I had (and still have) these same questions. I've read TONS of material on what to buy and what not to buy and here's the conclusion I came to: only buy enough to record your guitar into Reaper, and stop there for a long time. (I tried Cubase LE and Ableton Lite and compared to Reaper I think they suck. But whatever, they all can probably do the same stuff.) My reasoning is that I'm simply not skilled enough to hear the difference between good PC speakers and near-field monitors, or pro-grade A/D converters and entry level, or an acoustically treated room and my spare "music room." I think spending more than a couple hundred bucks just to set yourself up is going to be wasting money, but please defer to someone with more experience. We all want to be stars like Pebber & Ursin (et. al.), but if we ever do get sponsorships then we can upgrade our stuff later, right?
I own the Line 6 GX audio interface which comes with Pod Farm 2.5 (guitar & bass). I'm not stating this to shill for Line 6, and in retrospect I wish I got one level higher to have an instrument input and an XLR/balanced input. Nearly all of the major brands make an entry level audio interface and most come with software. I picked Line 6 purely because the POD Farm marketing sold me. Is it good? If you don't have a tube amp with a line out, yes, it's very good. (Notice Pebber uses a line 6 solid state amp in most of his videos. Same programming as in Pod Farm.) In truth, I am lucky enough to have a tube amp and an attenuator with a line out. So now I only use Pod Farm for bass guitar. I still use the GX though as my audio interface and aside from the single input problem have never had any problems at all.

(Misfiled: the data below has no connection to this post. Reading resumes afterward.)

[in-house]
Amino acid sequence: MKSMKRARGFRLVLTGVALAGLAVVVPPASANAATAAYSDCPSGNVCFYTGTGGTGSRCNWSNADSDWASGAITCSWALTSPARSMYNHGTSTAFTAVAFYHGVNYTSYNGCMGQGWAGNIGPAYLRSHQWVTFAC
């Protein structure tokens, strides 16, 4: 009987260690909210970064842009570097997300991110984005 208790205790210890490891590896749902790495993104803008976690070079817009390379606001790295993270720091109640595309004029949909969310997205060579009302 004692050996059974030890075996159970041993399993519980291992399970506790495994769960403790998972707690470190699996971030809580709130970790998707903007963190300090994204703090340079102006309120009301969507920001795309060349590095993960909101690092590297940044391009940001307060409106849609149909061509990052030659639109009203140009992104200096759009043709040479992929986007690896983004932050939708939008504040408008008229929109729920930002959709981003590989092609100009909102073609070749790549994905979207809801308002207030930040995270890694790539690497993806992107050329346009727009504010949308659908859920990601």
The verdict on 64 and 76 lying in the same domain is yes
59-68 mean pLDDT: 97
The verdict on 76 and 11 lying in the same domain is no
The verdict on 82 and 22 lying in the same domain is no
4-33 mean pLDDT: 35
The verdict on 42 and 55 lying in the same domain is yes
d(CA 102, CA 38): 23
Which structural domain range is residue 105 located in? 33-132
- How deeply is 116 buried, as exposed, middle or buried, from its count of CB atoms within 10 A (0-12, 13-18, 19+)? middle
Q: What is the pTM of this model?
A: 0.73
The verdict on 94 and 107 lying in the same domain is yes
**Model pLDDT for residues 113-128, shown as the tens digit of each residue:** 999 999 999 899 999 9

I own a decent set of powered PC speakers (Klipsch promedia 2.1). Are they good? Yes. Do they put out an unbiased signal with a flat response? Heck no, the bass is boosted and the waterfall graph sucks. Can I tell? No. Have the 5 people that have listened to my music ever complained the bass was too high/low, or that instrument X wasn't cutting through? HAHAHAHAHHA. No chance. Would i buy the speakers again if I was starting from scratch with what I know now? No, I'd spend $50 or so more and buy a pair of 5" near-fields. I very likely would not be able to hear the difference AT ALL, but if I stay as motivated as I am now for another 5 years I'm betting at some point I will.
I hope this helps you, but I'm afraid this might be a case of the blind leading the blind.